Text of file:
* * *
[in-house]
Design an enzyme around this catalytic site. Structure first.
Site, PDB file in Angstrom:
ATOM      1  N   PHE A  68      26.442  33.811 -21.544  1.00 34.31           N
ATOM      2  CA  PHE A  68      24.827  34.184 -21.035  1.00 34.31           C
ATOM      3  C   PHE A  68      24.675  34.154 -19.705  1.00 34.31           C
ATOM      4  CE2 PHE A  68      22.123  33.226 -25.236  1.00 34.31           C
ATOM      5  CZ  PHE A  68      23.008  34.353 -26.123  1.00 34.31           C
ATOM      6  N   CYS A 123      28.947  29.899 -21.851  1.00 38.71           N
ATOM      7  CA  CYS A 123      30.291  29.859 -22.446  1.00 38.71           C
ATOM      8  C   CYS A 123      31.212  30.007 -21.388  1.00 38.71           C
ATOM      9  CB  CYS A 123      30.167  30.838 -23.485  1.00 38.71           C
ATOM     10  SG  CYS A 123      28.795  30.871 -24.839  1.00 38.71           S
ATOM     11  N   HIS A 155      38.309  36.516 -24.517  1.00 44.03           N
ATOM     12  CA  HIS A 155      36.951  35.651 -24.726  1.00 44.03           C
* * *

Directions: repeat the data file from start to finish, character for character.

[in-house]
Design an enzyme around this catalytic site. Structure first.
Site, PDB file in Angstrom:
ATOM      1  N   PHE A  68      26.442  33.811 -21.544  1.00 34.31           N
ATOM      2  CA  PHE A  68      24.827  34.184 -21.035  1.00 34.31           C
ATOM      3  C   PHE A  68      24.675  34.154 -19.705  1.00 34.31           C
ATOM      4  CE2 PHE A  68      22.123  33.226 -25.236  1.00 34.31           C
ATOM      5  CZ  PHE A  68      23.008  34.353 -26.123  1.00 34.31           C
ATOM      6  N   CYS A 123      28.947  29.899 -21.851  1.00 38.71           N
ATOM      7  CA  CYS A 123      30.291  29.859 -22.446  1.00 38.71           C
ATOM      8  C   CYS A 123      31.212  30.007 -21.388  1.00 38.71           C
ATOM      9  CB  CYS A 123      30.167  30.838 -23.485  1.00 38.71           C
ATOM     10  SG  CYS A 123      28.795  30.871 -24.839  1.00 38.71           S
ATOM     11  N   HIS A 155      38.309  36.516 -24.517  1.00 44.03           N
ATOM     12  CA  HIS A 155      36.951  35.651 -24.726  1.00 44.03           C